“There’s not a whole lot you can do when that amberjack runs, but I want to get his head turned so he doesn’t get down in that structure,” Michele said. “Usually, I’m drifting so when you hook up, usually, the current will pull you far enough away from the spot that you can boat the fish.

“If there’s not a lot of current, you might have to fire up the engines and try to drag him away from the spot. More times than not, when I hook an amberjack, I just have to put enough heat on him to turn his head. Once you get his head turned, you can usually move him up far enough that they’re high enough off the wreck that even if they dive back down, they’re not going to reach it by the time they spin around.”

Position Principles: Ledges and springs present less risk of AJ loss, as the fish has to reach bottom to find any line cutters. Conversely, wrecks and some reefs stand tall enough for fish to reach on an unrestrained run.

That’s why Michele will not anchor on such sites. Power drifting — engine(s) in gear, bow into the current — is your best bet for fish separation.

Clean Up: Amberjack caught within local size and season limits reward diligence with firm, tasty fillets fit for a variety of cooking styles. Michele’s fond of blackened/grilled AJ, but pan seared, fried and smoked also works.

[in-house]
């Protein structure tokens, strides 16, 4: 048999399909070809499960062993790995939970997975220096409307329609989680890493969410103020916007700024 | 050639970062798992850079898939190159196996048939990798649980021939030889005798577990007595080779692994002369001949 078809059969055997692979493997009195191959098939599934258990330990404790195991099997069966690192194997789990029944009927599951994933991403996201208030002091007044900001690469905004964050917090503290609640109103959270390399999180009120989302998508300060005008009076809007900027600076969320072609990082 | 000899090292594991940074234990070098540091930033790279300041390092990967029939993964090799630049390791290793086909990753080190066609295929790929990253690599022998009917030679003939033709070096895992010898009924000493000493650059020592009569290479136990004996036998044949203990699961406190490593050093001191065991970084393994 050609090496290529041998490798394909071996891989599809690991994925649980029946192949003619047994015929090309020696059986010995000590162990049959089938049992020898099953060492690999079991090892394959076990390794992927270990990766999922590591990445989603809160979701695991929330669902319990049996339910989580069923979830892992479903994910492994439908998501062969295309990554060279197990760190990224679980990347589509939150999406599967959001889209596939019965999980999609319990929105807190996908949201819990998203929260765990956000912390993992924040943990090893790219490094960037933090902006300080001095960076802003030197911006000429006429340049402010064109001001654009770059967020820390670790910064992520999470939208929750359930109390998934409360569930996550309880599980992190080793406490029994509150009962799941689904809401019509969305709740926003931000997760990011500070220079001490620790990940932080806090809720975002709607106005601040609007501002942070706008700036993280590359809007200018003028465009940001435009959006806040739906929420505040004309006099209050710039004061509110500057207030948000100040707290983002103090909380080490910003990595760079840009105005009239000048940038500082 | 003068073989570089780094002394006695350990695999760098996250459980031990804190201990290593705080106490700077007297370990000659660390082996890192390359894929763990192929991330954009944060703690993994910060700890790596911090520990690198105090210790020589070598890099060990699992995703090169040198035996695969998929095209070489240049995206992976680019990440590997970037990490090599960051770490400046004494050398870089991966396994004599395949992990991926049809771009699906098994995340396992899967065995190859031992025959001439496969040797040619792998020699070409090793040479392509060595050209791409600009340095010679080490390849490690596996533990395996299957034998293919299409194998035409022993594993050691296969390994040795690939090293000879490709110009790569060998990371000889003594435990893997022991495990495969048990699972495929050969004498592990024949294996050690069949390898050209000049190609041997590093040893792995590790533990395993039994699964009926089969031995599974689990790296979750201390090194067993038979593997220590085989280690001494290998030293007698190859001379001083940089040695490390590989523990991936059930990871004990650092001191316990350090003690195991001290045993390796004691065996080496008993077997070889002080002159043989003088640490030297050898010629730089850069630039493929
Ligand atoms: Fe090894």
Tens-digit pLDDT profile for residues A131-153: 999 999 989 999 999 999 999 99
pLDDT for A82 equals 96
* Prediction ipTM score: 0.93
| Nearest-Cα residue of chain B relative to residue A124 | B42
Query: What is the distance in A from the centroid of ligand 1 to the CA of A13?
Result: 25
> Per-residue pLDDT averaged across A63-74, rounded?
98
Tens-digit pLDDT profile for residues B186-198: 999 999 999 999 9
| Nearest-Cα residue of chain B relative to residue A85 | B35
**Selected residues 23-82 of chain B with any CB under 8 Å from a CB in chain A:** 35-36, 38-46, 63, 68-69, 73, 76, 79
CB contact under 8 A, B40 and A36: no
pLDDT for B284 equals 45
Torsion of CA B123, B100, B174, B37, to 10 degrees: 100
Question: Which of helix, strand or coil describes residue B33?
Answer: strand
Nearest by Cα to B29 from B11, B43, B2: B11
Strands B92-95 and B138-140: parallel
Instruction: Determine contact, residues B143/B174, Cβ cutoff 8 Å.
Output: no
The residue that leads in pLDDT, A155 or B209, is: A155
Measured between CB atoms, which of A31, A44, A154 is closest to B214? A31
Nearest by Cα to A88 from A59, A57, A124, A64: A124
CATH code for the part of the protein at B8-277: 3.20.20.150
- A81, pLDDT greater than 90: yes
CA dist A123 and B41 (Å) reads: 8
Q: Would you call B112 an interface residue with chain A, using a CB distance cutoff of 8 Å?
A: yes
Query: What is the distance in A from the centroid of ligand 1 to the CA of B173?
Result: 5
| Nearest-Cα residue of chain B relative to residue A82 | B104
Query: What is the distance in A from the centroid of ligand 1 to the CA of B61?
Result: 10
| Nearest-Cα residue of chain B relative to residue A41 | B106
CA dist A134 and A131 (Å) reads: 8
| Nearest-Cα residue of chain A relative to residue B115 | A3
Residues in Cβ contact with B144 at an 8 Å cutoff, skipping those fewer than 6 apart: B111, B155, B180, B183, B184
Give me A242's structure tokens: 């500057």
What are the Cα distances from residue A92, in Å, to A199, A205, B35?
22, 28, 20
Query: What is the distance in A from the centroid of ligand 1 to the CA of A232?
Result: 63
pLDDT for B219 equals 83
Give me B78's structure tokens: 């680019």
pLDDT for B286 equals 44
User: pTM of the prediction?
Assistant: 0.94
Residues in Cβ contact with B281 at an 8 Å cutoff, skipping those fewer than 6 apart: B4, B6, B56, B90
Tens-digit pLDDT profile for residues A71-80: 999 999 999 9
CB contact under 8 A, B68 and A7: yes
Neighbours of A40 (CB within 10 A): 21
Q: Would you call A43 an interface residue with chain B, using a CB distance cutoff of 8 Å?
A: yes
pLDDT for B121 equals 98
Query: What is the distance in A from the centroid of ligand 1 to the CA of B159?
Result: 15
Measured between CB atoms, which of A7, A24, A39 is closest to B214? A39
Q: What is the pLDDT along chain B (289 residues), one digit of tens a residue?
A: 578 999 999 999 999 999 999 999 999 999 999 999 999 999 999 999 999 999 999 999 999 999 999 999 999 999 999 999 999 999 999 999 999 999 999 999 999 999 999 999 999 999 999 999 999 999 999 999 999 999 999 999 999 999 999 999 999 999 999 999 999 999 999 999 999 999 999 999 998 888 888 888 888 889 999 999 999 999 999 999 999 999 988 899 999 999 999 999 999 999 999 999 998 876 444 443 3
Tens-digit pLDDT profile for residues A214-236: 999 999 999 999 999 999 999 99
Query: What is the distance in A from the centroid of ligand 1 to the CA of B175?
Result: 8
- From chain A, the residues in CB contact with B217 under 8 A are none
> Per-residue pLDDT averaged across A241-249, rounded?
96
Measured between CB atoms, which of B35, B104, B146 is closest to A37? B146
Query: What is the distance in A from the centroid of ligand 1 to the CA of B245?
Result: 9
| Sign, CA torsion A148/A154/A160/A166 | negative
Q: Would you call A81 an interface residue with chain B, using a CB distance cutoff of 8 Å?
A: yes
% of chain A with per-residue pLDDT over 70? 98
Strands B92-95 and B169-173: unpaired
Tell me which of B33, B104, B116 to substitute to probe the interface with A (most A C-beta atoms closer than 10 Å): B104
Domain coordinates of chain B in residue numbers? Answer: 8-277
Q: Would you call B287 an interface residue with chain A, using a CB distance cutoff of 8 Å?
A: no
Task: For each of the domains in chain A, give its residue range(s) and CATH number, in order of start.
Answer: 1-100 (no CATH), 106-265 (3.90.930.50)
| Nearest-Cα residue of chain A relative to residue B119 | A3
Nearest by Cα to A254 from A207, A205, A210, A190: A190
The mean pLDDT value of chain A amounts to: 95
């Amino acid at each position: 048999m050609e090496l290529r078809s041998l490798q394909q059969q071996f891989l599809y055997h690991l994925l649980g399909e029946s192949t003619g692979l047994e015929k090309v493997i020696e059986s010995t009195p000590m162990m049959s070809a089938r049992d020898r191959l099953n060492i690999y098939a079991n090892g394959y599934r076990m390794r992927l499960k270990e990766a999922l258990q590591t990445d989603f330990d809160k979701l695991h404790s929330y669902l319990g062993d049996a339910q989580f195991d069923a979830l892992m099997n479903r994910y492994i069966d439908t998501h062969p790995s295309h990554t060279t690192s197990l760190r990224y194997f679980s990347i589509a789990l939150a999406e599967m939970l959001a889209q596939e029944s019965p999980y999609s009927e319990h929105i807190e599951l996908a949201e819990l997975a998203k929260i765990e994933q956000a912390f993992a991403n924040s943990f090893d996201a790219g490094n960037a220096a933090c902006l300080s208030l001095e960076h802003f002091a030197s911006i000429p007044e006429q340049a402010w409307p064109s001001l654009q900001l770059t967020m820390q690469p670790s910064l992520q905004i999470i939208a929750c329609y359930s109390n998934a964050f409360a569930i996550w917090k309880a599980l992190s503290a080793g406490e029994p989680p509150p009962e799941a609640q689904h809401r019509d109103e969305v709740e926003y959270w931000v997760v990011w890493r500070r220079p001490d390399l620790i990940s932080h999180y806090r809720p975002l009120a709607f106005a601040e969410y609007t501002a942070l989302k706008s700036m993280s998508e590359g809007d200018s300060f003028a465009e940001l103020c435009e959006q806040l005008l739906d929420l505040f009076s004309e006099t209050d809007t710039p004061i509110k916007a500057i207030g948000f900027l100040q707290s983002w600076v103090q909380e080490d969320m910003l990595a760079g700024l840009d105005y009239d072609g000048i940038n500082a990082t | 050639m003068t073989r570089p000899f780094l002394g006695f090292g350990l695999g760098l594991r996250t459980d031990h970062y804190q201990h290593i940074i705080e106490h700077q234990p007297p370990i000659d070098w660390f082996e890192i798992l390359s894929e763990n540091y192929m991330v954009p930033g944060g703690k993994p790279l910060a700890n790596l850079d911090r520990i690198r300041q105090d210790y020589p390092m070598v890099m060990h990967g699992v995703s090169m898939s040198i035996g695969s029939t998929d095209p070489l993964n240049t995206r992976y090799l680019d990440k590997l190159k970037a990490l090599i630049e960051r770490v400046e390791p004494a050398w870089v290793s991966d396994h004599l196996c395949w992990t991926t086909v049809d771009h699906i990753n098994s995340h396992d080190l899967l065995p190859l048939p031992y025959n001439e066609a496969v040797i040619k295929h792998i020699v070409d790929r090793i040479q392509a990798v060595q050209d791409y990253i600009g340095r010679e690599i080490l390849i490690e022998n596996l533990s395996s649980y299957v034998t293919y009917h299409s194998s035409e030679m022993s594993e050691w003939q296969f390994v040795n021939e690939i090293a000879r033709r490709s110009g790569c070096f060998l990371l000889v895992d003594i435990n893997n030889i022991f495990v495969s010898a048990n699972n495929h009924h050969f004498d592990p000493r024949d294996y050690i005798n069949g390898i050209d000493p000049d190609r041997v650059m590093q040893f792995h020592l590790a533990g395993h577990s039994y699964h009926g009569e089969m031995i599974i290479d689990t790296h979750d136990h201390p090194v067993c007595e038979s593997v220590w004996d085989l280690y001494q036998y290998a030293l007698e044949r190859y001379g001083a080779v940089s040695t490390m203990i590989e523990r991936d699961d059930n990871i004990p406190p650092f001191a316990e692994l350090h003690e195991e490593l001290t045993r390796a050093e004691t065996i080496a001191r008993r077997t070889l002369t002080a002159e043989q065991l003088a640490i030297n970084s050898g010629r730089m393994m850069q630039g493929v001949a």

However you prepare your amberjack, follow these three steps to maximize the table fare: thoroughly ice your catch; when cleaning, check the meat for worms (typically near the tail, if present); and remove the “blood meat” (dark flesh running along the middle of the fillet). Remember, amberjack will not make this easy on you, so make the most of your victory meal.
Capt. Jesse Mayer knows that getting amberjack to eat is the easy part; getting them to the boat is the real work.
Photo by David A. Brown
A double hook harness gives jiggers two shots a hooking an amberjack. 
Photo by David A. Brown
Paul Michele found this big amberjack with his Raymarine unit and put the breaks on the brute with stout tackle.
Photo by courtesy of Paul Michele